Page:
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201342 Pap

201342 Pap

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Published by: caitlynharvey on Jul 08, 2013
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Finance and Economics Discussion SeriesDivisions of Research & Statistics and Monetary AffairsFederal Reserve Board, Washington, D.C.Economic Volatility and Financial Markets: The Case of Mortgage-Backed SecuritiesGaetano Antinolfi and Celso Brunetti
NOTE: Staff working papers in the Finance and Economics Discussion Series (FEDS) are preliminarymaterials circulated to stimulate discussion and critical comment. The analysis and conclusions set forthare those of the authors and do not indicate concurrence by other members of the research staff or theBoard of Governors. References in publications to the Finance and Economics Discussion Series (other thanacknowledgement) should be cleared with the author(s) to protect the tentative character of these papers.
Economic Volatility and Financial Markets: The Caseof Mortgage-Backed Securities
Gaetano Antinolfi
Celso Brunetti
April 29, 2013
The volatility of aggregate economic activity in the United States decreased markedlyin the mid eighties. The decrease involved several components of GDP and has beenlinked to a more stable economic environment, identified by smaller shocks and moreeffective policy, and a diverse set of innovations related to inventory management aswell as financial markets. We document a negative relation between the volatility of GDP and some of its components and one such financial development: the emergenceof mortgage-backed securities. We also document that this relationship changed sign,from negative to positive, in the early 2000’s.
We wish to thank without implicating Sean Campbell, Steve Fazzari, Michael Gordy, James Kennedy,James Morley, Bruce Petersen, Jeremy Piger, Todd Prono, Frank Schorfheide, Tara Sinclair, and seminarparticipants at the Board of Governors and Midwest Macroeconomics Meetings for constructive comments.We also would like to thank Leah Brooks and Jane Dokko for their help with data. Katherine Hamilton,Matt Hayward, Bobak Moallemi, Waldo Ojeda, and Ran Tao provided excellent research assistance. Allerrors are our own. Any views are of the authors alone and do not represent the views of the Board of Governors of the Federal Reserve System.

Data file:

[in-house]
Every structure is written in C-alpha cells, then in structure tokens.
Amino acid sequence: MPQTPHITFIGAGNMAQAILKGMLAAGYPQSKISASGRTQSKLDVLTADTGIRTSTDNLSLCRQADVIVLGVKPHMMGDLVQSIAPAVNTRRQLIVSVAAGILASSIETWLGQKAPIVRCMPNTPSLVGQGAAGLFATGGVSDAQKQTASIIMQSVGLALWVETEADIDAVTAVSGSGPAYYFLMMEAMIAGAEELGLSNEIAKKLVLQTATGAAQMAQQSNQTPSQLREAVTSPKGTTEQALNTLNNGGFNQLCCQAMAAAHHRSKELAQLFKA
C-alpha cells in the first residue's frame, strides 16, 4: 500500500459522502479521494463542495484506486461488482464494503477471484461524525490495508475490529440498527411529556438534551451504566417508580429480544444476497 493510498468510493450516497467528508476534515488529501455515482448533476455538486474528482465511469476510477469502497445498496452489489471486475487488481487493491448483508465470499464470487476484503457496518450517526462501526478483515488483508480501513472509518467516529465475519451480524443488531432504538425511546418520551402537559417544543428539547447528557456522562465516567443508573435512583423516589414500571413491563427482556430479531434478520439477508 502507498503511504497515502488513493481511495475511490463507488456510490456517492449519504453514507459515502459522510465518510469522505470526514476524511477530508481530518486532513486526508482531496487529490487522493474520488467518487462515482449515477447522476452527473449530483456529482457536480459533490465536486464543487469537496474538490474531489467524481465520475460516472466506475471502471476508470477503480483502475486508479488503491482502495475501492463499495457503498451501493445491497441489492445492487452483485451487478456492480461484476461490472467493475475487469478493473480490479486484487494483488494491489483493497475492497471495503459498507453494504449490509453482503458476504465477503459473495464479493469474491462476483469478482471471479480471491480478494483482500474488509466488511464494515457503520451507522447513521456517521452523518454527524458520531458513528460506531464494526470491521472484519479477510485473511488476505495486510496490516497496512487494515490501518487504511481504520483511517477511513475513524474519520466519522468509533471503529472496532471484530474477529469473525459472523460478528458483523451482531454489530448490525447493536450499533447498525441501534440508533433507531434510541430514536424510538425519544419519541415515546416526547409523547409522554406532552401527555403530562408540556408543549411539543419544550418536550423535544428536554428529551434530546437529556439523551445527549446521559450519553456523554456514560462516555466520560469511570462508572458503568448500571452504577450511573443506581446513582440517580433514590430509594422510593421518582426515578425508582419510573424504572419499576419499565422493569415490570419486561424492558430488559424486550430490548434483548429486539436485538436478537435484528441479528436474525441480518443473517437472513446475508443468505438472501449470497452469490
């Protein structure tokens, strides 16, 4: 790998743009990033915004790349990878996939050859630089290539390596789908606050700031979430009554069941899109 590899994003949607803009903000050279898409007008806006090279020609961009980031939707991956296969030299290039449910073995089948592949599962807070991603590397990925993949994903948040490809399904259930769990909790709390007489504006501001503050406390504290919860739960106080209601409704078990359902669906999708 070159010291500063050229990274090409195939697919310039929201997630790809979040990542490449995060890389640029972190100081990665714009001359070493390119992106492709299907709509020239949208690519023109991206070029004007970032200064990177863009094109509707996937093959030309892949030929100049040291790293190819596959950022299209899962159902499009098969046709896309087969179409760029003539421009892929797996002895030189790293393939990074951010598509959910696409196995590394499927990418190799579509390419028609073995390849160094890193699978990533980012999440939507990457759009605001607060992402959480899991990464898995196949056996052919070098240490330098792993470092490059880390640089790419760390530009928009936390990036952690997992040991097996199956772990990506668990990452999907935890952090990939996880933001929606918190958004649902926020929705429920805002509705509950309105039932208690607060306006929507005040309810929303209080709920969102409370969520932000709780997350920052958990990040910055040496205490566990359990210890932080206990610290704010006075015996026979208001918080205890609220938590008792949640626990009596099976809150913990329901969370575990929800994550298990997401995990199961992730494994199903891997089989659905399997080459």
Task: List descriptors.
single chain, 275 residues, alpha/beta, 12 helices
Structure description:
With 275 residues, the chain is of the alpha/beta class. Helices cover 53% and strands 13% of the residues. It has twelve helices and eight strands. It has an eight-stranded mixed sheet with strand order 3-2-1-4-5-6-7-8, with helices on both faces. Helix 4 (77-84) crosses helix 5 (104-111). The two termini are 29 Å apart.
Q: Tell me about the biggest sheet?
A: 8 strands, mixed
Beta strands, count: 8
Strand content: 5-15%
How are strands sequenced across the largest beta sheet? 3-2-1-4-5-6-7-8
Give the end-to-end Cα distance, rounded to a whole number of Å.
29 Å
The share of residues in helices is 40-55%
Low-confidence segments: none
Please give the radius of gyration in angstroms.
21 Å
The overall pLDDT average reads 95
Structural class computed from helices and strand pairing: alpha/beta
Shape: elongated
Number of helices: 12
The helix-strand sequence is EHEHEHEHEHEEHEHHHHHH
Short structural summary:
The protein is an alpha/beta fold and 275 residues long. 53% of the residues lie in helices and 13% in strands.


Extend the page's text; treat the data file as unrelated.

Board of Governors of the Federal Reserve System and Washington University in Saint Louis, gae-tano@wustl.edu
Board of Governors of the Federal Reserve System, celso.brunetti@frb.gov
1 Introduction
The volatility of aggregate economic activity in the United States decreased in the mideighties. The consensus date for a significant decrease, termed
The Great Moderation 
byStock and Watson (2003), is the last quarter of 1984. Three broad reasons have beensuggested to explain this phenomenon: a structural change in the economy, an improvementin the implementation of economic policy, especially monetary policy, and a lucky draw inthe sequence of random shocks that affect the economy. These explanations are not mutuallyexclusive, and can well interact with one another. A challenge has been to identify moreprecisely which channels of transmission from shocks to economic activity have been affectedand how. Among the channels that have received much attention are monetary policy,technological change and especially inventory management, financial markets development,and international integration. Again, focusing on one aspect is dictated by convenience atsome level; the idea that the decrease in volatility is diffuse across several components andtherefore is not likely to be completely explained by one event is clearly expressed by Kim,Nelson and Piger (2004) and Stock and Watson (2003), among others.We establish a link between a particular form of financial market development, the pro-cess of securitization of mortgage debt, and real economic activity. There are several reasonsto focus on such an aspect of the evolution of financial markets over the last thirty to fortyyears. First, mortgage backed securities (MBS) markets were small as a fraction of GDP inthe late seventies, but have become enormous in present days, and the timing of the marketdevelopment is consistent with the timing of the Great Moderation. By the early 2000’s,about sixty percent of household mortgages had been securitized. Because household mort-gage debt is almost the size of GDP, the mortgage-backed securities market grew from arelatively small fraction to over half of GDP in about twenty years. It is therefore an inter-esting question to document whether real effects are detectable in aggregate real variables.Second, mortgage backed securities have a direct link to an important household decision,the purchase of a house, and lenders’ decisions to finance the purchase. Thus, the evidencethat we document points (indirectly) to the possibility that the availability of risk diversifi-cation through mortgage pools generated a smoother allocation of credit and thereby actedas a coordination mechanism for the supply side as well. This channel of transmission doesnot rely on or require that financial innovation be related to the quantity of credit availableor to the relaxation of credit constraints. Third, mortgage backed securities allow for thediversification of different kinds of risks, in particular interest rate risk and credit risk. Thecredit risk or counterparty risk inherent in mortgage loans has been historically relatively2

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